Refuge Notebook: Making a more sustainable landscape on the Kenai Peninsula

About 80 workshop participants came together this past week to discuss more collaborative ways of managing public lands on the Kenai Peninsula. (Photo courtesy Kenai National Wildlife Refuge)

If you’re a Kenai Peninsula resident, here are some important events that I’m guessing you don’t know. Do you know that management of public lands on more than half of our 6-million-acre peninsula is currently being updated? Chugach National Forest is in the middle of revising its Forest Plan. The Alaska Department of Fish and Game is revising its management plan for Kachemak Bay and Fox River Flats Critical Habitat Areas. The draft revised management plan for Kachemak Bay State Park and State Wilderness Park is expected to be out for public review on April 24th.

 

Closer to home for many of you, the revision process for the Kenai Peninsula Borough Comprehensive Plan is just getting started. And did you know that there has never been a land management plan for the 130,000 acres owned by the Borough? That, too, is scheduled to begin development in the near future.

Only 4 percent of the Kenai Peninsula is in private ownership, carved into over 55,000 parcels. Another 8 percent is owned by Native villages and corporations. So you should hope (and expect as a citizen) that the various agencies are doing their best to manage the 88 percent of the peninsula that is held in the public trust.

All of this and much more was discussed this past week at a workshop entitled “Land Management on the Kenai Peninsula: Opportunities to Work Across Boundaries”. Over 80 representatives from federal, state and local land management agencies, Native corporations and villages, and partnerships met at the Solid Rock Bible Camp to share information and discuss ways of doing business better. Mayor Mike Navarre opened the workshop by sharing his perspective on planning processes that had gone well…and others not so well.

But there are some landscape-scale issues that simply know no boundaries, and this is the role that interagency and citizen-driven partnerships fill. The All Lands – All Hands partnership strategically places fuel breaks around communities to help stop wildfires that might not otherwise stop when they burn to the boundaries of the Kenai National Wildlife Refuge. The Kenai Peninsula Fish Habitat Partnership works to protect, maintain, restore and enhance fish habitat wherever it may occur, helped by the Partners for Fish &Wildlife Program and the National Fish Passage Program. Interagency partners in the Kenai Peninsula Cooperative Weed Management Area work as a team to eradicate and contain invasive plant species.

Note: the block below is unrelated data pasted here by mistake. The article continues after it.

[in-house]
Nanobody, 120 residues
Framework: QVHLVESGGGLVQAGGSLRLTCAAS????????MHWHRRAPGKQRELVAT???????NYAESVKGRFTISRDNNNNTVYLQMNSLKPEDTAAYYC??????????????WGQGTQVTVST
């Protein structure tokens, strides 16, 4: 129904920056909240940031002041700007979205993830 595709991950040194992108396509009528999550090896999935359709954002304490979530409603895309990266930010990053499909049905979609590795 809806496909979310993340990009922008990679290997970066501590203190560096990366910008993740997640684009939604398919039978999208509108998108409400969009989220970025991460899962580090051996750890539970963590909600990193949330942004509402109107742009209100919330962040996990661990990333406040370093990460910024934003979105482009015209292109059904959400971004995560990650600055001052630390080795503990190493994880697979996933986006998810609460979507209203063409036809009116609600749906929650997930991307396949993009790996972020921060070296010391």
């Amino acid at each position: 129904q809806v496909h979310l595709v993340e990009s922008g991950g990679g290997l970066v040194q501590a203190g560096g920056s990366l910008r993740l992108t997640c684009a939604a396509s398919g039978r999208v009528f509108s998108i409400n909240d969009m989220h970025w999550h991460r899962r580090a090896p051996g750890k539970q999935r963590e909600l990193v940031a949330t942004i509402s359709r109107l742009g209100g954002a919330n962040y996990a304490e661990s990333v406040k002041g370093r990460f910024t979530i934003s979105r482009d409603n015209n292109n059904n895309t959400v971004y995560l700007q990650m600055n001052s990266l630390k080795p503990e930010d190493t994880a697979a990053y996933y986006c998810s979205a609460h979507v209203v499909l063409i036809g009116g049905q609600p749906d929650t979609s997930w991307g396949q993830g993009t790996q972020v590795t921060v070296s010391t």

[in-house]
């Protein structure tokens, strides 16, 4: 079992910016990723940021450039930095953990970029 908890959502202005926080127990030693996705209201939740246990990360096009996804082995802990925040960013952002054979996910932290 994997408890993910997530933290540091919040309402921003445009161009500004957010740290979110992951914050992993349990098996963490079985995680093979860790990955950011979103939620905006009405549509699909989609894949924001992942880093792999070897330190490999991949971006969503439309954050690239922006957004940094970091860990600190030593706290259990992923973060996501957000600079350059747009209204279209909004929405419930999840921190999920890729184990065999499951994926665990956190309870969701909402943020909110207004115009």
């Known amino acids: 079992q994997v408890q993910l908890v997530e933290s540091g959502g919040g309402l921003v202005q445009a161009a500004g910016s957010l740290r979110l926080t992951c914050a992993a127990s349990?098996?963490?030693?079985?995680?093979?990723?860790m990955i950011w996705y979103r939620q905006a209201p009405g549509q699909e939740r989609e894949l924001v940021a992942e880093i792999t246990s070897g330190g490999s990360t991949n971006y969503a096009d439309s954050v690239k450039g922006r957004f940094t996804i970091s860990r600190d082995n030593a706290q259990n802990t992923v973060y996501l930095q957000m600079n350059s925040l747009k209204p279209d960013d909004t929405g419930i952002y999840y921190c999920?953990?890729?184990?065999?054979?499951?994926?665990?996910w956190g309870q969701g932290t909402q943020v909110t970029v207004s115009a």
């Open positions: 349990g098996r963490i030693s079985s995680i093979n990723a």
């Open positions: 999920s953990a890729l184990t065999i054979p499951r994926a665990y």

The Kenai Mountains to Sea partnership seeks to sustain riparian corridors along 20 streams that comprise half of the 1,800 miles of anadromous waters on the peninsula. These 20 streams are “interjurisdictional”, meaning that their headwaters are protected within the Federal conservation units but they flow through what is sometimes a gauntlet of private lands to get to the sea.

An advisory board composed of agency representatives, user groups, and citizens helps State Parks manage the Kenai River Special Management Area. The Stream Watch Volunteer Program, jointly administered by Chugach National Forest and Kenai Watershed Forum, works over multiple jurisdictions to help educate the public, enforce rules, and clean up the Kenai River.

A nonprofit organization is working to promote bike trails between trailheads along the Seward and Hope Highways as a way of appreciating the Kenai Mountains-Turnagain Arm National Heritage Area. The Friends of Kachemak Bay State Park is developing the Kachemak Bay Water Trail so kayakers (and other boaters) can circumnavigate the multi-jurisdictional shoreline of Kachemak Bay.

There were some cross-boundary issues that still need champions. Consider our current need for a more strategic view on future development of the peninsula’s road network. Consider our rapidly evolving need to begin planned adaptation to a warming climate.

If you don’t know about some of these management plans for public lands or partnerships, you’re not alone. There were more than a few professionals at this forum who were surprised at how much really is going on. One idea floated was to maintain a website where all plans and projects could be posted.

Another idea was to create a library of available spatial data, perhaps called the Kenai GeoHub, where links to (or contacts for) important data sets for the Kenai Peninsula could be maintained. Along those same lines, it was agreed that a second workshop would be held this fall to discuss data needs common to all or most land management agencies and organizations.

Perhaps the most important outcome was the general agreement that a gathering similar to what occurred this past week should happen annually. This kind of collegial networking and information sharing is critical to create and sustain truly collaborative efforts among public agencies. Frankly, we’ll need to pool our resources and work smarter as local, state and federal budget forecasts seem slim over the next few years.

Lastly, I encourage you to engage in the public process for managing lands that all of us own!

Dr. John Morton is the supervisory biologist at Kenai National Wildlife Refuge. Find more information about the Refuge athttp://www.fws.gov/refuge/kenai/ or http://www.facebook.com/kenainationalwildliferefuge.

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